It had been a long day of alphabet learning, number counting, napping, and recess. Dirt stains on the front of my Little Mermaid t-shirt were telltale signs of hide-and-seek in the giant front schoolyard. As I lay on my mat slowly stretching after a nap, my eyes wandered around the room, resting on the touch spot number posters and then gradually following the brightly colored train with letters A to Z that stretched around the room. Mrs. Thomas walked over to turn on the lights and then back across the room to press stop on the cassette tape, which was mid-“Hot Cross Buns.” It was time for dismissal, and I suddenly remembered what Dad had told me as he dropped me off for school.
I quickly folded my mat and blanket and placed them neatly in the cubby labeled “Rachel.” I opened the coat closet to find my neon pink backpack and waited at my table, patiently eating my snack. Finally I heard the awaited intercom click, and Dad was right outside those big double doors at the end of the hallway waiting to walk me home! Flinging on my backpack at dismissal, I was met with a splash of sunshine at the door and Dad’s gentle, worn hand reaching out for mine as we headed down the hill for our walk home. Walking home was my favorite.
I couldn’t tell you much more about the walk home from Alexander Elementary that day. But looking back, I should have known then that my feelings for this city would be strong.
I was born June 6, 1985, right down the street from Alexander at Jackson General Hospital. The same hospital I barely made it to twenty-seven years later when my third daughter was born. I have stories for days of my memories that represent each deep, long root that I have in this city. I could mention my days at Tigrett Middle School. My first job at the Jackson Tennis Club. Proms, fundraisers, friends, and teachers I remember from my JCM days. Church. Family. Back roads. Camping trips. River days. The list goes on and on of roots grown from June 1985 until August 2003.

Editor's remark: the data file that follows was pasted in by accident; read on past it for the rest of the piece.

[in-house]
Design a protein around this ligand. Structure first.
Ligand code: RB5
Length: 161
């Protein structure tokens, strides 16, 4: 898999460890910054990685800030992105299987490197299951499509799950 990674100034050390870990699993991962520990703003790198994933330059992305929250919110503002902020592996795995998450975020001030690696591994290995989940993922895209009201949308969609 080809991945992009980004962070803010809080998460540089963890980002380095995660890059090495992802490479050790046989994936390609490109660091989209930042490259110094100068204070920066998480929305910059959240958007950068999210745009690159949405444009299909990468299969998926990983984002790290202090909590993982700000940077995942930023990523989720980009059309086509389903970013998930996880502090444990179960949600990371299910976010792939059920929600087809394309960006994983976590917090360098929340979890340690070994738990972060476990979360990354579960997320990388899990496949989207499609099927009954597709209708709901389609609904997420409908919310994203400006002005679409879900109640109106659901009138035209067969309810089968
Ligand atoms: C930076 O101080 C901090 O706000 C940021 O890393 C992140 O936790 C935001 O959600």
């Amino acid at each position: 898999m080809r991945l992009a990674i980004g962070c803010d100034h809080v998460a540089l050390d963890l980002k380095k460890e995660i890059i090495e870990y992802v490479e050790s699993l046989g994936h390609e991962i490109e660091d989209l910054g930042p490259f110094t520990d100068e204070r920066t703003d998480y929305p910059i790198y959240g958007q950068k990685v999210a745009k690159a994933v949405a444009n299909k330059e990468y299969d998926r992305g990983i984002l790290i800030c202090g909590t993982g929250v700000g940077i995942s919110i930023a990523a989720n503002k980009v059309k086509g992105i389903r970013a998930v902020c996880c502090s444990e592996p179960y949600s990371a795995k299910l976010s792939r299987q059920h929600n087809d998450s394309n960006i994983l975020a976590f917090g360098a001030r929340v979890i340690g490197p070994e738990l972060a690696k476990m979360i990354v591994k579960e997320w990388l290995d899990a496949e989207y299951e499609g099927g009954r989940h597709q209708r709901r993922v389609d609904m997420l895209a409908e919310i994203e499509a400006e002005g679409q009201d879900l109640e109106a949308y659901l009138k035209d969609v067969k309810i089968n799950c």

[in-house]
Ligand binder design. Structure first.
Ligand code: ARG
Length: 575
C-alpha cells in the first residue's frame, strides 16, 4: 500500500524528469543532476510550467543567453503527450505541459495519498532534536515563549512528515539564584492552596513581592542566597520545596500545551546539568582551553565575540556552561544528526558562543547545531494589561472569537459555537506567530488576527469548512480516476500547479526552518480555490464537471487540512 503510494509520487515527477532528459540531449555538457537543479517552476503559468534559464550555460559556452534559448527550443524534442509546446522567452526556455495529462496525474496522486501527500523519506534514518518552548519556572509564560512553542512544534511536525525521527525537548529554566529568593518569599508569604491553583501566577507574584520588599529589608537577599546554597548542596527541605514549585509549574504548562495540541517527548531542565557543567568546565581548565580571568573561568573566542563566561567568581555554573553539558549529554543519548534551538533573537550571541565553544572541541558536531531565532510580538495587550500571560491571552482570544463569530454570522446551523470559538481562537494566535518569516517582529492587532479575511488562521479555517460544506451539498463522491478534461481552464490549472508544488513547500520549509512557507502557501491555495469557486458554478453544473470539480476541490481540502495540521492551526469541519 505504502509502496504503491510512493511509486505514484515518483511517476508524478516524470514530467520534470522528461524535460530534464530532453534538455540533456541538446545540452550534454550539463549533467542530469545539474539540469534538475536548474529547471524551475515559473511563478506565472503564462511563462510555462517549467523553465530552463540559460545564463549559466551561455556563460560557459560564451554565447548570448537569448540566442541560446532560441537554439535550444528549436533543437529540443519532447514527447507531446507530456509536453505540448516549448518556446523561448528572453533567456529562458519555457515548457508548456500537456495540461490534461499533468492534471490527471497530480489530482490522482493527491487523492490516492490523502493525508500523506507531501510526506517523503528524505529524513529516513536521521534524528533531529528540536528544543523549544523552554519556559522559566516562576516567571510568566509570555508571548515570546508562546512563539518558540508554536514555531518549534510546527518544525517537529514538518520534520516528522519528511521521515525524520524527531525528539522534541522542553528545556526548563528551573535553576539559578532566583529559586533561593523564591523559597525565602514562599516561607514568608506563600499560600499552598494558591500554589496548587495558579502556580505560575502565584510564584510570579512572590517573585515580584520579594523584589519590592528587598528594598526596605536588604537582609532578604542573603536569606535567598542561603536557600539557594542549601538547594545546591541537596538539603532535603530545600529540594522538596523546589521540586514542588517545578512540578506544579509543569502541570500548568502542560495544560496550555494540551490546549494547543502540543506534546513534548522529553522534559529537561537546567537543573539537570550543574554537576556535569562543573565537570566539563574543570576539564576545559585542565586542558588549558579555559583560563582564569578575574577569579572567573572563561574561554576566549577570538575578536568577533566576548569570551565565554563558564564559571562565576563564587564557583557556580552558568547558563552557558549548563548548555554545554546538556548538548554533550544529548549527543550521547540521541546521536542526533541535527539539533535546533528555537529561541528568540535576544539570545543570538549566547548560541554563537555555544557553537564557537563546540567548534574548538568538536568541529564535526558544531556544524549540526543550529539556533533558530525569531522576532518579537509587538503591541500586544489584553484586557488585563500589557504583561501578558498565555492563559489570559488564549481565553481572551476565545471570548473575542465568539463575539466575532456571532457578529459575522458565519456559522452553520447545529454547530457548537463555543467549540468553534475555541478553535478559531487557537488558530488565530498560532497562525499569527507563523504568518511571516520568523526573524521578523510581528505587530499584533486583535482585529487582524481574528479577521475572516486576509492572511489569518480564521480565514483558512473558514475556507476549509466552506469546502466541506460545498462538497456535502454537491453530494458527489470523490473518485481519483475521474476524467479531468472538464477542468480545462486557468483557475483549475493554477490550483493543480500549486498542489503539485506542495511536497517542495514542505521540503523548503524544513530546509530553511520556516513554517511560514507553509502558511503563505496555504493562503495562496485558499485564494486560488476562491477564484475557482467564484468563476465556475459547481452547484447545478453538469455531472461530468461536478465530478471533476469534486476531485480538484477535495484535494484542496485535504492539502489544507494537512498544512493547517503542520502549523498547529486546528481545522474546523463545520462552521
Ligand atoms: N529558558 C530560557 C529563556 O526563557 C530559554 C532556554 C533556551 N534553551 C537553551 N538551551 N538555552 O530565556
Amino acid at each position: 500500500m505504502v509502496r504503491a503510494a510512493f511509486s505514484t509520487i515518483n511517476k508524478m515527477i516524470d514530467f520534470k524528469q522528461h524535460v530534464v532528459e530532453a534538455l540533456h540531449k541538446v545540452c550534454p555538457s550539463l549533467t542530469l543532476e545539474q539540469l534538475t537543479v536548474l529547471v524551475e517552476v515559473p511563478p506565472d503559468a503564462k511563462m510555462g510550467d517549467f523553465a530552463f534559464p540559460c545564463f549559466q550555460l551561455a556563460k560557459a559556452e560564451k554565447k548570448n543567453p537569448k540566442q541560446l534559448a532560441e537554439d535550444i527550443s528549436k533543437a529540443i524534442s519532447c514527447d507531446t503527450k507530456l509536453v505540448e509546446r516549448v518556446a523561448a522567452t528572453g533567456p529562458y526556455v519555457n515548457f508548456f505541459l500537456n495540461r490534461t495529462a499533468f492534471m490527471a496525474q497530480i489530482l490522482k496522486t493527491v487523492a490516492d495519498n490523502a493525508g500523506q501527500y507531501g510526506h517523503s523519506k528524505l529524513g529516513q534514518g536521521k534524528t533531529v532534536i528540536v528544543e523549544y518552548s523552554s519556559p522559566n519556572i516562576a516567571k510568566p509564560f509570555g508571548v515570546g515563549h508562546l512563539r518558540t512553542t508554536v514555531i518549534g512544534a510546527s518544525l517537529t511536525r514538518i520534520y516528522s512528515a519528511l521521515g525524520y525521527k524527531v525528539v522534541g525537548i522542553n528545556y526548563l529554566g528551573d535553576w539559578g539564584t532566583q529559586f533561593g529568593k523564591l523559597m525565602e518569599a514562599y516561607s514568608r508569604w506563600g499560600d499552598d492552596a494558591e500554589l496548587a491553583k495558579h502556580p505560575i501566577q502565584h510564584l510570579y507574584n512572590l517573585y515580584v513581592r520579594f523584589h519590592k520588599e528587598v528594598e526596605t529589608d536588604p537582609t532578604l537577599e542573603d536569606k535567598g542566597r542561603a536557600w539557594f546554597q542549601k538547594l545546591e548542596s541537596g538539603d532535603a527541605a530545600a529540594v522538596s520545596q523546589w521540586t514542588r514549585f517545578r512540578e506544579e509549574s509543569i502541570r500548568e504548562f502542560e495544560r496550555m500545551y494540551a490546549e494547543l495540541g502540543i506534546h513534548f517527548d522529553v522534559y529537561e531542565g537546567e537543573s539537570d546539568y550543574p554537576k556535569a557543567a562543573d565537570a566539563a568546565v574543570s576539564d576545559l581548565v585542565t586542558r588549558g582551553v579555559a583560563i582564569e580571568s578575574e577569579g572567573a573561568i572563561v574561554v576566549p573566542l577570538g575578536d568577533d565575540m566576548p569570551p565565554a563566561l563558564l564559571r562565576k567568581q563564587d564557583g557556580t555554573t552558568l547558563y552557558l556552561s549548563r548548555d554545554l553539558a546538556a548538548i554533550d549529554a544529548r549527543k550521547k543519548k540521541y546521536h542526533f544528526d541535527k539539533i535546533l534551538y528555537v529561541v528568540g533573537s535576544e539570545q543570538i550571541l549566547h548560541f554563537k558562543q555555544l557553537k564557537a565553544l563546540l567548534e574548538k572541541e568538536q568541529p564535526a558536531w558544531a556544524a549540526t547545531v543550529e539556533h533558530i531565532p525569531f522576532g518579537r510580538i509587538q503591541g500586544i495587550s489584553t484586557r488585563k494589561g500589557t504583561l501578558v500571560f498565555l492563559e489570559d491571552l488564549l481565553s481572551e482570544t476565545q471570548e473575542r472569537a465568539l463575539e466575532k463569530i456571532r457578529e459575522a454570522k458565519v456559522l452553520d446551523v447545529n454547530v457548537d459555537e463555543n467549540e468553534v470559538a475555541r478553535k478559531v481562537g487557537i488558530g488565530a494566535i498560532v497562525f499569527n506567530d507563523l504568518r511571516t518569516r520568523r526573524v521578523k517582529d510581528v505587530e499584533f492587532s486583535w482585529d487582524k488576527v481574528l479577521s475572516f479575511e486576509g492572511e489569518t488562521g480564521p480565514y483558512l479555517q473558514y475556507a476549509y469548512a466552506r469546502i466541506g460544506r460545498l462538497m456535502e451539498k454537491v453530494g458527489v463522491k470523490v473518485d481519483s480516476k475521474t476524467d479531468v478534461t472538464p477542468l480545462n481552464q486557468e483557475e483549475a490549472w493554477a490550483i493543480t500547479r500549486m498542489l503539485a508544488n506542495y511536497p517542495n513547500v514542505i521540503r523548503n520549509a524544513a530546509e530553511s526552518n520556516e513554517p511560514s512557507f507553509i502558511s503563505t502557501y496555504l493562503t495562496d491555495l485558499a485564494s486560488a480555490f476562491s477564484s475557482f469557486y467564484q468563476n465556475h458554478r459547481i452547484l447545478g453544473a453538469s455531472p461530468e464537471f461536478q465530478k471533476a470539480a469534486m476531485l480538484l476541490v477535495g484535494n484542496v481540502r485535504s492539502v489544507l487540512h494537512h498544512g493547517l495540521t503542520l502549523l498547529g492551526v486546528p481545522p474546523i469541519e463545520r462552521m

But somewhere toward the end of those eighteen years, I lost my love for the city of Jackson.
I was ready to begin my own life. There is no denying the fact that I got a wonderful, sweet taste of East Tennessee over the next seven years. Many amazing things happened when I moved to Knoxville and went to a Bible college literally nestled in a little valley haven right outside of Gatlinburg.
I started dating my husband the first week of college. I made my best friends. I received my Master’s degree. I got married and had my first two daughters. We experienced the fullness of Knoxville, Pigeon Forge, and Gatlinburg, y’all, and I can’t help but admit that it was great. My husband Chuck and I knew we were home. Smack dab in the middle of his family six hours east and my family six hours west in Jackson. No turning back. No desire to be anywhere but East Tennessee.
It was February 2010, and I had just given birth to our second daughter at the tiny hospital in Sevier County. I was a stay-at-home mom, and Chuck was doing everything possible to provide all that our little family needed. But times were getting tough, and this mama was starting to have some feelings that—now looking back—I know now were a yearning for home.